The White Sox will go as far as Adam LaRoche takes them
The Chicago White Sox start their second half of the 2015 season with two at home today against the American League Central division leading Kansas City Royals.
The White Sox ended the first half on a positive note winning series against the St. Louis Cardinals, Baltimore Orioles, Toronto Blue Jays and Chicago Cubs. The key to their success was their ability to pitch.
Chris Sale has been unstoppable over the last two months. Jeff Samardzija and Jose Quintana have complimented Sale nicely during this stretch. And the White Sox bullpen has been able to pick up the slack of the struggling John Danks and inconsistent rookie Carlos Rodon.
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The pitching as of late has been so good, it has been able to mask the struggles of the offense.
On paper, this was a team that was supposed to have no trouble putting up runs. From top to bottom, there was speed, power and the ability to get on base.
When it came to actually playing the games, none of that showed up.
Even with the likes of Adam Eaton and Melky Cabrera starting to get their season’s on track, the White Sox are still last in the AL in average, on-base percentage, home runs and 13th in stolen bases. They problem is they have received no production at the plate from the positions of shortstop, third base, second base and catcher.
After winning his second Silver Slugger award last season, Alexei Ramirez is on his way to the worst season of his career. The combinations of Conor Gillespie, Gordon Beckham, Micah Johnson, Carlos Sanchez, Tyler Flowers and Geovany Soto all carried no expectations heading into the season and each of them have been about as unproductive as possible at the plate.
The most disappointing player of all for this offense has been the man who was signed just for his offense alone.
In an offseason that included big name players like Victor Martinez, Nelson Cruz, Pablo Sandoval, Nick Markakis and Torii Hunter, the White Sox gave first baseman Adam LaRoche a two-year, $25 million deal to be the team’s designated hitter and hit behind Jose Abreu.
The move made some sense.
Last season with the Washington Nationals, LaRoche hit .259 with 26 home runs, 92 RBIs and a career high 82 walks. Over his 11 season in the majors, LaRoche had hit 20 homers or more in 10 of them. And most of all, he hits left-handed.
At age 35, he also wouldn’t command any long-term money from teams.
The negatives to consider in the deal was the fact that he was 35, strikes out a lot and struggles quite a bit against left handed pitching (.204/.284/.336 against lefties last season). He has also never been in a position where he wasn’t playing in the field everyday
It is the thought process that led then general manager Kenny Williams to sign Adam Dunn five years ago. Remember him?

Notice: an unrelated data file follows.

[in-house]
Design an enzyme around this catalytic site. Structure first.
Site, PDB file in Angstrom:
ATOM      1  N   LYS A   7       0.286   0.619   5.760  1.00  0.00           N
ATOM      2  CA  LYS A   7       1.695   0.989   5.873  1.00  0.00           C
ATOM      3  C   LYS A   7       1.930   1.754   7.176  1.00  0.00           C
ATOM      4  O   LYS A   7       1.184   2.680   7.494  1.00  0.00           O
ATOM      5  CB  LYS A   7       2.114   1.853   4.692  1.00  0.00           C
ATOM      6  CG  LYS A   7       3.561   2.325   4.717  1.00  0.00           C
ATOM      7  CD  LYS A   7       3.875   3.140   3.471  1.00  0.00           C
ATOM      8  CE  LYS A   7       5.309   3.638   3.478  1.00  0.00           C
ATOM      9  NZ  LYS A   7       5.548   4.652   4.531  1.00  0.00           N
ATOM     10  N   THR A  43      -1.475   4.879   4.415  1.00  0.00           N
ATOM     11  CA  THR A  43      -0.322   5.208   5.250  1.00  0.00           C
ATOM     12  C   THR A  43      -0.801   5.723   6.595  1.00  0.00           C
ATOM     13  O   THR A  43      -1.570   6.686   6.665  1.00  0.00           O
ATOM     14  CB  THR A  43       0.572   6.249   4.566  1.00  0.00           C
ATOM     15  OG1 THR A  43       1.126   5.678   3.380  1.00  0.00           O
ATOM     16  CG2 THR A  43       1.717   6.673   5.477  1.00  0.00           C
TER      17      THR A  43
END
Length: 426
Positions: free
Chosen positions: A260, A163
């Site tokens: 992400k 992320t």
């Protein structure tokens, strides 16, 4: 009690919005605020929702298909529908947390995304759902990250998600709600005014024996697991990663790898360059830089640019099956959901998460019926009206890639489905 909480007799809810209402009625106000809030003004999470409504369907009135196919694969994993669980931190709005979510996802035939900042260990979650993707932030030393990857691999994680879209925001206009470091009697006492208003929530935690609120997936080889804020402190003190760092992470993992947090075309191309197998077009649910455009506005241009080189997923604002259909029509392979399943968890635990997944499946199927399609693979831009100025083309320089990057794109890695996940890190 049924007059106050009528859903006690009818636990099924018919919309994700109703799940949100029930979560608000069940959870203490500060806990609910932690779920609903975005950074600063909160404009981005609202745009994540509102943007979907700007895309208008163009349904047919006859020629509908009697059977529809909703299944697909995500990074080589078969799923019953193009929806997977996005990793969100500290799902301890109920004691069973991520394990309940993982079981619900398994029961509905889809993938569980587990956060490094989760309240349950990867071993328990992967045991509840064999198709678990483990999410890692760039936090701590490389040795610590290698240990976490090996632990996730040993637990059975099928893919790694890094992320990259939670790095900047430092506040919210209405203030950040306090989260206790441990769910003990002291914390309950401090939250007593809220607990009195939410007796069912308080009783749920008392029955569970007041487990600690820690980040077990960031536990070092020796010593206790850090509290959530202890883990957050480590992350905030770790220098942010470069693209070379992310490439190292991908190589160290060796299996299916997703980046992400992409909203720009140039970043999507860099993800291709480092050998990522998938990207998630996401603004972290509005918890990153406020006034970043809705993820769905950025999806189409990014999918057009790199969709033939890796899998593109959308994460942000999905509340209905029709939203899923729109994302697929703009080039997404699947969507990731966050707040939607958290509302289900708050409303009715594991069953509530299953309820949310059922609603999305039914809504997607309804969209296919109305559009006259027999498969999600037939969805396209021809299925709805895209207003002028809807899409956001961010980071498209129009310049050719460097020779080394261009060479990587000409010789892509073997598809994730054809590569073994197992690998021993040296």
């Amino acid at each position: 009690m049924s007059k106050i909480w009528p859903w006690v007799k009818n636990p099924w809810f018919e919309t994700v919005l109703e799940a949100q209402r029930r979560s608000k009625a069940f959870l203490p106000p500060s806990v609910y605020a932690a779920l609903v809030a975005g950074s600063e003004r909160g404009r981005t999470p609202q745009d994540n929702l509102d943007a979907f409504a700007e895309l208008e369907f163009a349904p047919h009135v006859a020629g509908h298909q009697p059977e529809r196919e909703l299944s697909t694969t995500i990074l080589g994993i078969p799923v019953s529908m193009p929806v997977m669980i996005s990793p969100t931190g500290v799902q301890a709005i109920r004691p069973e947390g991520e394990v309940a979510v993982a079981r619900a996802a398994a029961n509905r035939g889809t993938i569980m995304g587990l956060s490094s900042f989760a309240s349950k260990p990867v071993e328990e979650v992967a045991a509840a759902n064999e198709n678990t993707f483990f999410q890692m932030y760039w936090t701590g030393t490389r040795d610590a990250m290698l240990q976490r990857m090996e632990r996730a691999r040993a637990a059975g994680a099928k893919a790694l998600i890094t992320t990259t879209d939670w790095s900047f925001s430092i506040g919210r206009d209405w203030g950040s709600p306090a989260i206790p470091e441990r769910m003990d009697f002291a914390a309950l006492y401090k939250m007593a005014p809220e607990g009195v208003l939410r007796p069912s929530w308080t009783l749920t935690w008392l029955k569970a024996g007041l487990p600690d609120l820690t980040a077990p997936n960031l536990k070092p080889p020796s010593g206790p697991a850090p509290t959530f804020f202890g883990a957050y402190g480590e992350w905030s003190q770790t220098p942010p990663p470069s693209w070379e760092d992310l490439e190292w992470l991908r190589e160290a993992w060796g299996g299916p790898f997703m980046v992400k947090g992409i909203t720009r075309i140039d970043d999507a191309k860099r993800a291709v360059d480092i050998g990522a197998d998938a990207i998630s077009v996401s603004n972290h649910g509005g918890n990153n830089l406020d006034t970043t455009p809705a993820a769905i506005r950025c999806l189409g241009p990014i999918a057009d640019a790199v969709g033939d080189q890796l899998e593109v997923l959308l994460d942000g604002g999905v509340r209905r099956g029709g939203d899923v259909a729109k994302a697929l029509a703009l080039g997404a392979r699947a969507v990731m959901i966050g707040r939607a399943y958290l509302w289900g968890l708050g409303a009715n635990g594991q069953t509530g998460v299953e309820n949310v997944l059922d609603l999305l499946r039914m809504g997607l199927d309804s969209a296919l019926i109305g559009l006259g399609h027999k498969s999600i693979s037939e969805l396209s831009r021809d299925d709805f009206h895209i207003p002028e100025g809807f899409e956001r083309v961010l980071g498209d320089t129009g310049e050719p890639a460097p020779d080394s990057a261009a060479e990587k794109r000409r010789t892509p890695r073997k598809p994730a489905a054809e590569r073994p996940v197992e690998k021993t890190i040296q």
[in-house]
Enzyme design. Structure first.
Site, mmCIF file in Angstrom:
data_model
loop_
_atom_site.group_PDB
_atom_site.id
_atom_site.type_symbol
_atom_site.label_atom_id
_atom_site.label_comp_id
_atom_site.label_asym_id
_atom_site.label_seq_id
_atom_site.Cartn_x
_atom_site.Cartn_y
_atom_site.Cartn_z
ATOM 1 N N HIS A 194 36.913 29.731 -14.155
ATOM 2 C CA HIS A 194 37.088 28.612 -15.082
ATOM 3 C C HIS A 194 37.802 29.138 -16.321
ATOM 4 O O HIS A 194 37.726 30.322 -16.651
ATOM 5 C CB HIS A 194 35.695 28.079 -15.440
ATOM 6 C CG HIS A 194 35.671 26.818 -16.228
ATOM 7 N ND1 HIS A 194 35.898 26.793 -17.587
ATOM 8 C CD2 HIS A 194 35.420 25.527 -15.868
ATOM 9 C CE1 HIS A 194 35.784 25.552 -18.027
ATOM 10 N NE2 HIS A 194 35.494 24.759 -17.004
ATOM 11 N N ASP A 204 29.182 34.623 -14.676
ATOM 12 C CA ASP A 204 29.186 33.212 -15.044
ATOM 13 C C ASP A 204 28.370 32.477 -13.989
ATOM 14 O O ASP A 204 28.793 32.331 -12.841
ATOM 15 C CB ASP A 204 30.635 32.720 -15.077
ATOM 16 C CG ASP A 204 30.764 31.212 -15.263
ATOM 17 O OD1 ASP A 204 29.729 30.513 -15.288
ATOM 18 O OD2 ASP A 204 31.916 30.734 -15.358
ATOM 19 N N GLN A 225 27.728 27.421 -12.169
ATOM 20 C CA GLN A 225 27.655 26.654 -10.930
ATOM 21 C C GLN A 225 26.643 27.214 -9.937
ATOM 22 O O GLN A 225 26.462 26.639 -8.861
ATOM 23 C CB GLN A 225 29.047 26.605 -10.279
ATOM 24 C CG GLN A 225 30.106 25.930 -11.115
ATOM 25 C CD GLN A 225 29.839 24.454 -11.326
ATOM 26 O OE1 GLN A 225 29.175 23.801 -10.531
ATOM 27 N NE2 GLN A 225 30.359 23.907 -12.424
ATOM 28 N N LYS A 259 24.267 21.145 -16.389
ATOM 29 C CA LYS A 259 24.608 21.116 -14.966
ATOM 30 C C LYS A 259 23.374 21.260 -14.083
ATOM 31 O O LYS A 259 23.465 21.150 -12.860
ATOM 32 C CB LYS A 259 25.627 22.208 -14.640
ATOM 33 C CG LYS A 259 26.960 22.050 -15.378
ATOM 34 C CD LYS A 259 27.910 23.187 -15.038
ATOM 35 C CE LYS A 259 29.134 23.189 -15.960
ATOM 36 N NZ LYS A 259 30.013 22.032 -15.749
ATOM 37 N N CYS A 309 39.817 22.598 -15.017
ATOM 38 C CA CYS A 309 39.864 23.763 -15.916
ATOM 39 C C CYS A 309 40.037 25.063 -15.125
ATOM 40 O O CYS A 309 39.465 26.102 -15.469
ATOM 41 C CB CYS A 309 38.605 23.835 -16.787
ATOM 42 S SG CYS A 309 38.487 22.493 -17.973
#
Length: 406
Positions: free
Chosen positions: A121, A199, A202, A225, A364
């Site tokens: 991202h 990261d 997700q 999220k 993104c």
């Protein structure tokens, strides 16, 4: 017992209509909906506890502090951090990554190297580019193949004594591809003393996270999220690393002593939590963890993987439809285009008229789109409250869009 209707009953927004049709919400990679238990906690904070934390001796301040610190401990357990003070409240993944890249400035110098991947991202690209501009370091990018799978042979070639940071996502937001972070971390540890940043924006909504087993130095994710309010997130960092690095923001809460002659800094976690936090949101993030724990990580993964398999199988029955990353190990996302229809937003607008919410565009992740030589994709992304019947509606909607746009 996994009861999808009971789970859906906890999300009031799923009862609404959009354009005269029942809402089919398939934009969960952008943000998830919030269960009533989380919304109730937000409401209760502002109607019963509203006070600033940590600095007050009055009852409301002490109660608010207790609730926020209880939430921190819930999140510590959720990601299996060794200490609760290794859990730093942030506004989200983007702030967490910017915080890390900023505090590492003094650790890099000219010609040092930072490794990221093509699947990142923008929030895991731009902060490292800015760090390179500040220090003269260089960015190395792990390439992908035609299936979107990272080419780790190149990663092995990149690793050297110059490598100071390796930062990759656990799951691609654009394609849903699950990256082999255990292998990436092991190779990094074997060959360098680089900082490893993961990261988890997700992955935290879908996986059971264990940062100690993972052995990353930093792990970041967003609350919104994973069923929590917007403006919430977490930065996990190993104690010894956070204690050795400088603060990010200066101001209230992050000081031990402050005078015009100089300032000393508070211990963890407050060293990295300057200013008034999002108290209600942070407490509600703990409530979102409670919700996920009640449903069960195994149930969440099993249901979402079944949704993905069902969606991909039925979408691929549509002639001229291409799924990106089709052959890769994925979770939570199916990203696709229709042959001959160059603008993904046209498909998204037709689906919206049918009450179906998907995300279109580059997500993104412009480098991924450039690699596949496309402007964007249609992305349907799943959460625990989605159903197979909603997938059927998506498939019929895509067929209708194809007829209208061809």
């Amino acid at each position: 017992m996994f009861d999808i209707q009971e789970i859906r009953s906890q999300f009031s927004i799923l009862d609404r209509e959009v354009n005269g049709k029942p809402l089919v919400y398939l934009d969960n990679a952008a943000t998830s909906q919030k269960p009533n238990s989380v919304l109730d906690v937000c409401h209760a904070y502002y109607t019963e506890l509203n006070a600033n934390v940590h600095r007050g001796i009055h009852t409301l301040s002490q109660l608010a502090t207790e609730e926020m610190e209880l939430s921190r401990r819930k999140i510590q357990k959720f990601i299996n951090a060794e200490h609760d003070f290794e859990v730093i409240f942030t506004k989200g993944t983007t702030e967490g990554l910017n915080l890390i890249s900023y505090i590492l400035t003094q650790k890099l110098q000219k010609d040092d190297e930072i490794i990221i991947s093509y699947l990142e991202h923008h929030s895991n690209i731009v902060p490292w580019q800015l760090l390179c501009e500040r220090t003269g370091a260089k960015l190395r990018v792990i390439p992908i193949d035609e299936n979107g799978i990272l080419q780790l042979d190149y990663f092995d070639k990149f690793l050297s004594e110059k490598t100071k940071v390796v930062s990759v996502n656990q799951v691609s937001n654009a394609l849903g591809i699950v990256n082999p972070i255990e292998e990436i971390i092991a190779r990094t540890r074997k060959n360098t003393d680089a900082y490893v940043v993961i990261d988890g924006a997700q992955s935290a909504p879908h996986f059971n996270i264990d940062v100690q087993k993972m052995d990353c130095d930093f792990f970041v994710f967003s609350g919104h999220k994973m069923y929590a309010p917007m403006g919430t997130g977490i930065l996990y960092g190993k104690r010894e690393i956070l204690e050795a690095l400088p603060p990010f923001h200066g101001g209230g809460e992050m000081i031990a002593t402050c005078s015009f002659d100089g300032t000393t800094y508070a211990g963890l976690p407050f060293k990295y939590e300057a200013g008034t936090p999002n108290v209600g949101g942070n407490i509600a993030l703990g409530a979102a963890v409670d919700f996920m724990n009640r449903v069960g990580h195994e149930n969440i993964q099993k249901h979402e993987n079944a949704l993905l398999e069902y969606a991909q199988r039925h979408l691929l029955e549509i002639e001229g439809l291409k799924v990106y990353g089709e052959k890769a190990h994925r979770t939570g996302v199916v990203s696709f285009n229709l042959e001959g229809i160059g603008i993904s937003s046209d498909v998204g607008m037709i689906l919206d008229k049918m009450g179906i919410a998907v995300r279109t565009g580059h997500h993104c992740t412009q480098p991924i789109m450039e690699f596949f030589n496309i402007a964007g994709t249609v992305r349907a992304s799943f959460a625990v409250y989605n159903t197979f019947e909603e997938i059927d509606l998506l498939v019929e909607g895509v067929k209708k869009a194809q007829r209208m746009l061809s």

Aug 4, 2014; Chicago, IL, USA; Chicago White Sox designated hitterAdam Dunn
(44) reacts after striking out to Texas Rangers starting pitcherNick Martinez
(22) in the first inning at U.S Cellular Field. Mandatory Credit: Jon Durr-USA TODAY Sports
Before joining the White Sox in 2011, Dunn had at least 38 home runs and 92 RBIs in eight straight seasons and walked over 100 times in six of those eight years. He had also led the league in strikeouts three times and in 2010 struck out a career-high 199 times.
In four seasons with the White Sox, Dunn hit /.201/.321/.410, led the league in strikeouts once and saw his home run totals plummet because of his inability to make contact. He was never a great contact hitter in his career but in 10 years before Chicago, hit for a combined .250 average.
Now there is no way to predict a guy’s numbers drop off to that much but one of this nature would make me think twice before I look to count on another guy of a similar skill set.
Not Williams and his new wing-man Rick Hahn.
So far in 2015, LaRoche is hitting .222/.327/.374 with nine home runs, 33 RBIs and his 90 strikeouts rank seventh in the AL. He has gone now 15 straight games without a home run.
One thing I will give him credit for however is drawing walks.
LaRoche is 13th in the AL with 40 walks and leads the White Sox in that category by a wide margin. He is the only player on the team who shows any patience at the plate. Unfortunately, sometimes that patience has him taking strike three as well.
If the White Sox offense is going to turn things around, it will have to get production from LaRoche. He is the only player outside of Abreu that is capable striking fear into opposing pitchers.
From 2012-14, he was intentionally walked 26 times. That is more than hitters like Ryan Braun, Edwin Encarnacion, Buster Posey and Mike Trout.
LaRoche is also a guy who has historically hit better in the second half of seasons.
For his career, he has a .281/.349/.511 slashline in the second half as opposed to his 248./332/.436 line in the first half.
Look for the White Sox to go as far as LaRoche’s bat can take them the rest of this season.
If he is getting back to slugging form, a run at the AL Wild Card is not out of the question. If he continues at his current pace, all of this good pitching will go to waste and the White Sox will have been one of the most disappointing teams in 2015.
Next: AL Central first half in review